Getting Students Excited
About Your Chapter
|February 21, 2017
To see the latest version of this article, visit https://www.psichi.org/blogpost/987366/335322/
Looking to boost the number of students who join and participate with your chapter? Here are seven ways for officers, students, and advisors to help new members become more involved.
1. Increase Your Chapter Communications
More often than not, the reason members become inactive is because they simply don’t know when or where upcoming chapter events will take place. Sometimes they don’t even know who to ask. To correct this, try sending out e-mails, posting information on a highly visible bulletin board in your psychology department, or creating a social media page. Remember: no single form of communication will work for everyone. Consider sending out your message in as many ways as possible.
You can also take advantage of technology advancements. For instance, consider hosting a live Facebook video for any students who are off campus and unable to attend your meetings. You could also upload a video of meetings to YouTube or have someone at the meetings (e.g., your chapter secretary) post a brief “meeting minutes” to social media. For online institutions, check out the recent Eye on Psi Chi magazine article, “Learn From Kaplan University’s Online Chapter Success.”
2. Institute Annual Chapter Goals
Are you unsure what cool things your chapter will accomplish this year? If so, your chapter may be at a heightened risk to accomplish little or even nothing at all. No worries. Here's how you can fix this:
At your next chapter meeting, review our Strategic Plan as a group to come up with activity ideas throughout the year that everyone can look forward to. This is a sure method to give your chapter a definite direction for the months to come. Just as important, decide then and there, who will take on any specific responsibilities to ensure that these plans become a success.
3. Create Engaging Content for Your Meetings
Promoting interesting talks is a great way to pull in new and returning members. For example, invite a guest speaker such as a professor at your campus or a Psi Chi alumnus who could give helpful career advice. No topic is off limits; consider programming about fascinating fields of psychology, career support, or graduate school advice. View Digest 275 for some popular topic ideas for your meetings.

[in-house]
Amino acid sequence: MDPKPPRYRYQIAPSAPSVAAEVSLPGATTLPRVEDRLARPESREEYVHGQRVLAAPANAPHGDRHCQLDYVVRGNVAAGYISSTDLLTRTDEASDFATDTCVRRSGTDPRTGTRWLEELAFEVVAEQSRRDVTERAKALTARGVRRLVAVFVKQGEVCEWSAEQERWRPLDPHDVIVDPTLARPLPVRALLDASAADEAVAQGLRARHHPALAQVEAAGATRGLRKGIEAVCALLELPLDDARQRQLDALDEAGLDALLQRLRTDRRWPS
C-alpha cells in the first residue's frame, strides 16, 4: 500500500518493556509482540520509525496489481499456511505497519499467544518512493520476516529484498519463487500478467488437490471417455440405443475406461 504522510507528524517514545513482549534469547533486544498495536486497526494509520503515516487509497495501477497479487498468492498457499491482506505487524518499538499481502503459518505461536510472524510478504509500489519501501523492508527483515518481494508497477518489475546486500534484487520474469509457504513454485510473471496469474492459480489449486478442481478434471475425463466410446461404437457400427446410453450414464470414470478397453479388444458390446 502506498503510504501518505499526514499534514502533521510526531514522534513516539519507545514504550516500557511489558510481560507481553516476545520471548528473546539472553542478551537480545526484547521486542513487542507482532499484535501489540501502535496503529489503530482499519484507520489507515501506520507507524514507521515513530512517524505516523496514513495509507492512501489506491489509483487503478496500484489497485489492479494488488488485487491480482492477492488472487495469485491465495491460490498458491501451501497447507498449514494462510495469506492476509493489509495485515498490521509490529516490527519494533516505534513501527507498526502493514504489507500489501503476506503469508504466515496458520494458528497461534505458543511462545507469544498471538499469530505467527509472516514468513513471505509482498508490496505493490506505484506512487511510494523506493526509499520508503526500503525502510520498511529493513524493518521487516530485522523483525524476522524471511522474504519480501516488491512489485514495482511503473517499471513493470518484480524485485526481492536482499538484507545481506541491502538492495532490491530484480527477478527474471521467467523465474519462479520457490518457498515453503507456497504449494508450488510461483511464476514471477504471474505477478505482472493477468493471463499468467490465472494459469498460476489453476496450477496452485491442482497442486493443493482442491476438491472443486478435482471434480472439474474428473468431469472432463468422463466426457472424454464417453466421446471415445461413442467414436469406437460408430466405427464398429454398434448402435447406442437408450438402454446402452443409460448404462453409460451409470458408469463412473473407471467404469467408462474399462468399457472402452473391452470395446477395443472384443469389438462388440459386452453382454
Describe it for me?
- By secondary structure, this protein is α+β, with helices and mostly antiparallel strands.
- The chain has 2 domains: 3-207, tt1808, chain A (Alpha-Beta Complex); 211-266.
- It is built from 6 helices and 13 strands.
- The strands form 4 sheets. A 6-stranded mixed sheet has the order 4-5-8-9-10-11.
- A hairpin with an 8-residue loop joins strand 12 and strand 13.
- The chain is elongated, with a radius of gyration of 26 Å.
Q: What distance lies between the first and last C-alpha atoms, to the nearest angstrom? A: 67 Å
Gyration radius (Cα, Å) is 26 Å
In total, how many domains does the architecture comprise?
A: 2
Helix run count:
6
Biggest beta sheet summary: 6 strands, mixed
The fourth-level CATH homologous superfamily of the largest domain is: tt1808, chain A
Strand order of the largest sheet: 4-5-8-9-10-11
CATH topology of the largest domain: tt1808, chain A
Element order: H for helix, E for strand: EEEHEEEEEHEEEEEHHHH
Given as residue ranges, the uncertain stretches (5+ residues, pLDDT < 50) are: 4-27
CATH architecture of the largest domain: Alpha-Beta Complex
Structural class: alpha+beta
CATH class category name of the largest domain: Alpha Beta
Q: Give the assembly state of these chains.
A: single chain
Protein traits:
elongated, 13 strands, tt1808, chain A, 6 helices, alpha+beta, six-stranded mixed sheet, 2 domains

Members also like to conduct regular community service projects at meetings such a making cards for military personnel who are overseas. When getting to know your members, it is sometimes fun to have movie nights or go out to eat as a group too!
4. Show Everyone the Value in Participating
Students sometimes do not know what they’re missing at your chapter events. They might even think that applicable membership benefits end as soon as they add Psi Chi to the resumés. It is your mission to tell them otherwise.
Psi Chi provides countless Membership Benefits such as this blog and $400,000 in annual awards and grants. But that's just where it starts! Your individual chapter also offers countless leadership, community service, education, and friendship opportunities.
Let others know that your chapter is a perfect platform for them to have fun and build meaningful relationships with others who have similar passions. To do this, try informing them about some of the activities your chapter plans to conduct this year. Your sense of excitement will likely show through, and more members are sure to participate as a result. With more members, you chapter will be able to accomplish bigger tasks (e.g., community service projects) than ever before!
5. Introduce Yourself and Others
This may seem obvious, but including others can be easily overlooked in group settings. Please always make sure to reach out to each and every new member and visitor at your chapter meetings and events. Consider asking them their opinions or encouraging them to tell everyone a little about who they are.
Students who leave meetings feeling a stronger connection with current active members are more likely to return. You can learn more about being inclusive in the recent Eye article, “Campus Protests Highlight Student Concerns: Can Your Chapter Help?”
6. Update Newcomers About Your Chapter
Students are also less likely to put forth their ideas if they don’t feel “in the loop” about your chapter. So, let them know what projects your chapter has recently been involved in.
To do this, ask someone such as a chapter secretary to start each meeting by describing the events at the last meeting so that any new visitors feel as informed as possible. It is also helpful to keep handouts about upcoming projects or copies of your chapter’s Strategic Plan nearby to share with others.
7. Give Everyone Something to Do
Most important, students who are given ways to get involved are more likely to return to future meetings. At each and every opportunity, try to give new participants at least one small task that they can each perform.
For example, maybe you could ask a first-time visitor to suggest what snack you should bring to the next meeting (they are definitely more likely to return if they know your chapter will be having their favorite snacks!). Or perhaps a new member might be interested in leading a five-minute discussion at the next meeting about a psychology-related issue they are passionate about. Involving new students could even be as simple as bringing a few Psi Chi flyers to each meeting so that you can ask newcomers to hang up a few across campus on their way back to their dorm rooms after the meeting.
Conduct a Lab Experiment
Visit our private LinkedIn group to share any other engagement ideas that have worked well for your chapter. You can also tell us about any other chapter issues you may be having; someone at the Central Office will try to provide you with specific advice as needed.